And, Wolf, sources familiar with the matter tell us that his lawyers, the president's lawyers, as well as investigators with Robert Mueller's team, actually met in person last week to discuss possible topics, more specifics of topics to go over if an interview does happen with the president, including Jeff Sessions' role in the firing of James Comey and what the president knew about his former national security adviser, Michael Flynn, and his conversations about sanctions with Sergey Kislyak, the former Russian ambassador.

But, Wolf, as you know, the president has publicly said he is willing to sit down with Robert Mueller, that he's eager to do so, but privately sources tell us that he's been vacillating on that as he realizes that the Russia probe appears to not be wrapping up any time soon, wolf.

BLITZER: Yes, certainly not. This probe is moving ahead full speed.

Pamela Brown over at the White House, thanks very much.

We're standing by for the White House briefing later this hour as well. We'll have live coverage of that. For more on the legal drama and the president's more aggressive attacks on the special counsel Robert Mueller, let's bring in CNN contributor Adam Entous, CNN political analyst Eliana Johnson, and our chief political analyst Gloria Borger.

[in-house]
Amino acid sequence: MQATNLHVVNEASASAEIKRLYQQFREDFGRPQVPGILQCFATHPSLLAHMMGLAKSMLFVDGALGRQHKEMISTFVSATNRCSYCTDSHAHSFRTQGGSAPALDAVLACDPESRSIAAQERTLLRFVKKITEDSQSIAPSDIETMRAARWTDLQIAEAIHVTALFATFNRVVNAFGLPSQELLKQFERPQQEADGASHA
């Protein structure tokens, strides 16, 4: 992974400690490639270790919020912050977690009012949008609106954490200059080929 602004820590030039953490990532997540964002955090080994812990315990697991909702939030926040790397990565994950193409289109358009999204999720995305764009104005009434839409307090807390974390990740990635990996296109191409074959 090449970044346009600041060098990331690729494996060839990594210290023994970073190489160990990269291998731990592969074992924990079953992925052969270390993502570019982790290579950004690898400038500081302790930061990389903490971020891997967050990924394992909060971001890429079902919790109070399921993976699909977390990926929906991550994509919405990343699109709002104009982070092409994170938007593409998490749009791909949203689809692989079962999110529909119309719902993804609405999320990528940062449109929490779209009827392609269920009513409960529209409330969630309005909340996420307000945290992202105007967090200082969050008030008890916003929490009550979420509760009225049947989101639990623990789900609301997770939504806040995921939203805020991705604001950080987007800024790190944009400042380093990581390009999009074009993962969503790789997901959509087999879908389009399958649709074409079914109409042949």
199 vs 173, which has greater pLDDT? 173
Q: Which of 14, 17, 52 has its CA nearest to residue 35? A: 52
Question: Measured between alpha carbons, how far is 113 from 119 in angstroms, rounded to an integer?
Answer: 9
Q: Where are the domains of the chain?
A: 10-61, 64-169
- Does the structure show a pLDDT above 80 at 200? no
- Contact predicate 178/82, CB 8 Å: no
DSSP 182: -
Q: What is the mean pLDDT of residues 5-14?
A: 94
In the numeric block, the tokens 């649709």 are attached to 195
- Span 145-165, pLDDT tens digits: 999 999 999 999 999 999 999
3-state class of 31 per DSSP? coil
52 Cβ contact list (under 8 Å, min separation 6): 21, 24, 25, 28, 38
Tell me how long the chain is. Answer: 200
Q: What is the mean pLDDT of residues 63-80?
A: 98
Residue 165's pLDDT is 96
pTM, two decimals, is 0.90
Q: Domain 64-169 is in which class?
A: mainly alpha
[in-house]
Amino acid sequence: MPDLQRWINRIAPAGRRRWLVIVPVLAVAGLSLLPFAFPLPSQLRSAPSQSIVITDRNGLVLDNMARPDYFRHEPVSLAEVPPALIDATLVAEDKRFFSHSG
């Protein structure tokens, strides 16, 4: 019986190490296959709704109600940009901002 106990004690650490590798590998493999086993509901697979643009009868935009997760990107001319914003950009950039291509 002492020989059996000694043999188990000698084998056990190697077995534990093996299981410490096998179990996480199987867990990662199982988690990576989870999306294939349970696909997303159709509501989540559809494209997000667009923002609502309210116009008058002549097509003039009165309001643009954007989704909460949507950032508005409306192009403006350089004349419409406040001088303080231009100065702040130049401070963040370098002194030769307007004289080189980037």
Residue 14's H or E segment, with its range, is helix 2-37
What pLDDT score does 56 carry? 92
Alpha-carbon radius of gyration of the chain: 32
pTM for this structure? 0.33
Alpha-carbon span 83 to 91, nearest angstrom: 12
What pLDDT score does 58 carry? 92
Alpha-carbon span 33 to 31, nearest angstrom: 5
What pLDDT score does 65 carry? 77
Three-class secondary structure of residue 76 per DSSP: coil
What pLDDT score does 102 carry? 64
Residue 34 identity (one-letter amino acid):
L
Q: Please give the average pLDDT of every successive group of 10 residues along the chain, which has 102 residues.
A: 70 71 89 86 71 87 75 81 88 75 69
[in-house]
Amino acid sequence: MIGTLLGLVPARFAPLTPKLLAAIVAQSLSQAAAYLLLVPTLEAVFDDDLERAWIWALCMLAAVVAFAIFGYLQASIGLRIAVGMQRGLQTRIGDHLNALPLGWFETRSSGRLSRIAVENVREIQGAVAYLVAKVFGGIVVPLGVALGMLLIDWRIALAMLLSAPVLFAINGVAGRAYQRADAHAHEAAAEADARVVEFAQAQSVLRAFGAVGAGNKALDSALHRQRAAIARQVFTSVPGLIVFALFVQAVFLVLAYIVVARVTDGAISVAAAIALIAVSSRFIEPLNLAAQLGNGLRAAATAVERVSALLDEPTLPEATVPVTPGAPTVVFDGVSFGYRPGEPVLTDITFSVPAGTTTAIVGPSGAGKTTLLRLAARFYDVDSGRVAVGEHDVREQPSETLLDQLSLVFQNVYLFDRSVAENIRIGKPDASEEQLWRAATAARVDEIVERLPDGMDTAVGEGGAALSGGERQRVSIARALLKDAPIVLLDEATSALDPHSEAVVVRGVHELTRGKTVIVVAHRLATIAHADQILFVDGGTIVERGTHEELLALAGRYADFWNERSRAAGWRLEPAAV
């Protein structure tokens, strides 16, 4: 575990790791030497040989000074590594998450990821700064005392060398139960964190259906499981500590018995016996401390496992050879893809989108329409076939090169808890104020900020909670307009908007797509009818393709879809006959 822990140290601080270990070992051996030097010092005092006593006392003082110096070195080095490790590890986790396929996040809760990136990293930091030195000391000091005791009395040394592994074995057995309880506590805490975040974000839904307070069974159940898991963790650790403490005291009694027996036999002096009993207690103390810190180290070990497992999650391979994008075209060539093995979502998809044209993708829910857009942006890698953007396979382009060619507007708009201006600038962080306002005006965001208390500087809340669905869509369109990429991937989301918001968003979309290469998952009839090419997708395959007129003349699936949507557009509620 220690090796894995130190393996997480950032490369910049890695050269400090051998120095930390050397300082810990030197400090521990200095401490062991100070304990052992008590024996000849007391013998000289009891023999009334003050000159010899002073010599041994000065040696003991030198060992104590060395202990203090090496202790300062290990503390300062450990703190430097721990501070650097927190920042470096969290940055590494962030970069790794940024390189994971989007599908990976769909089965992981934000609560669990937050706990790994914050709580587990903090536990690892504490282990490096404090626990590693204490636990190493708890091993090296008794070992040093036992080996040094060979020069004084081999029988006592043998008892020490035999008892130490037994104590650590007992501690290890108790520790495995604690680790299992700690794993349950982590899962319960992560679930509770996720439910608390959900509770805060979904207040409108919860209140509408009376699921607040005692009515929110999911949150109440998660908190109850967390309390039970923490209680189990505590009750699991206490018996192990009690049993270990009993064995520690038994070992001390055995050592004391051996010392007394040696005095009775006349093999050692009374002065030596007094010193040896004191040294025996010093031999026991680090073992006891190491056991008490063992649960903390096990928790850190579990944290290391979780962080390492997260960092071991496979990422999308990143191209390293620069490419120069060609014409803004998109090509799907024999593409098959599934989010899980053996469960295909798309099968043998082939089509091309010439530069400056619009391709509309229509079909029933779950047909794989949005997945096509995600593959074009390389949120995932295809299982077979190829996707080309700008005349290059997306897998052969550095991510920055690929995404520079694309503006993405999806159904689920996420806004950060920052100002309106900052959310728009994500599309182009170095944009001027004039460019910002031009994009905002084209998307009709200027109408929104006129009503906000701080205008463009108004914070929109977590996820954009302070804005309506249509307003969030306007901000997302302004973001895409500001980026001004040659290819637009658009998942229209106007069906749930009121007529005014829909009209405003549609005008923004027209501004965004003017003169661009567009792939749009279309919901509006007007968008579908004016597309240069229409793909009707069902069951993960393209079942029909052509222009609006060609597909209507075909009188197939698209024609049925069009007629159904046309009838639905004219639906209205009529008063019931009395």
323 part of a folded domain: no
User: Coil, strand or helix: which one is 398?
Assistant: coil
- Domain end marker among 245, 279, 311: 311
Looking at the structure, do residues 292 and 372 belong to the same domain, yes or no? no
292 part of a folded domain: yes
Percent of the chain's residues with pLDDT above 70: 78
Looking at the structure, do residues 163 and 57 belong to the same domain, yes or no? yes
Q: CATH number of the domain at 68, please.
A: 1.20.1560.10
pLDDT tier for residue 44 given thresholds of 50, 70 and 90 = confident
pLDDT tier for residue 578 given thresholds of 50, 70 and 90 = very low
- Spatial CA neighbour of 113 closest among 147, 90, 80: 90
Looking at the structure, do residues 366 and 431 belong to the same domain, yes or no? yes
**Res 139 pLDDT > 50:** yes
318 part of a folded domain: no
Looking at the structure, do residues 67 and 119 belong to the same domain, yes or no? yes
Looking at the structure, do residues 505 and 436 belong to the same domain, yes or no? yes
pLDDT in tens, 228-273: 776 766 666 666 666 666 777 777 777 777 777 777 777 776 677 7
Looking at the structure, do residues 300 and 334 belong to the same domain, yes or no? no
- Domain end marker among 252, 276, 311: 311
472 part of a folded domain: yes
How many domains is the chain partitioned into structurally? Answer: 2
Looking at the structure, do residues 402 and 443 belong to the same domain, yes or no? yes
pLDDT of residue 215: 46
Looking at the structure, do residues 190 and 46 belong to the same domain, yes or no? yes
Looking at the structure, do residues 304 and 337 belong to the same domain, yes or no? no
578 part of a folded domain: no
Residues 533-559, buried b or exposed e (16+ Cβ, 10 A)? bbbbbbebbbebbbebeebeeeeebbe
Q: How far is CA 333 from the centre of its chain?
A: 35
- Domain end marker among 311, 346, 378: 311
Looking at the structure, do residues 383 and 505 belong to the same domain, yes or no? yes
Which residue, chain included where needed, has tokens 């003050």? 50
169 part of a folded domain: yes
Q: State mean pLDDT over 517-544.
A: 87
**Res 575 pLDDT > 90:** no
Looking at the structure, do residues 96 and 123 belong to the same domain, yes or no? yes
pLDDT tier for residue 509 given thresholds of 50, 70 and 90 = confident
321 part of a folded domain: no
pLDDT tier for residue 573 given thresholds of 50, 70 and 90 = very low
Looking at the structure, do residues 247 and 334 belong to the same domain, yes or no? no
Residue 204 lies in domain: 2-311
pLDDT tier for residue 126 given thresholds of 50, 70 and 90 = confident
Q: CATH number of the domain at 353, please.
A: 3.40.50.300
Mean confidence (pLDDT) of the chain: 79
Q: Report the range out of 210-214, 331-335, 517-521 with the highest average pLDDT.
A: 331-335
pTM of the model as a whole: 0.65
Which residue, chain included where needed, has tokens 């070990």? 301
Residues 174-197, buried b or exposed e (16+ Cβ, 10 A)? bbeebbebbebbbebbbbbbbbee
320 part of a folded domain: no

[13:05:06] Gloria, what are you hearing about all of these potential -- you know Ted Olson well. You know Joe DiGenova. I know them as well. What do you think?

GLORIA BORGER, CNN CHIEF POLITICAL ANALYST: Well, you know, as Pam has just been reporting, we've been -- we've been trying to report this for the last couple of days, and it's very clear to me that what's going on from our sources is that the president thought this was going to be over. He was listening to his attorneys, and we all know this because we've reported it, who were saying to him, it will be over by November, then it will be over by December, no, early in the new year.

Suddenly the president sees, OK, there's a subpoena for the Trump Organization. They get a bunch of questions or topics that they look at, including the ones that Pamela is talking about, which talked about Sessions' role in the firing of Comey, what did the president know about General Flynn's conversations with the Russians. And the president says, wait a minute, I've been getting bad advice. This isn't going to end any time soon, and he blows up.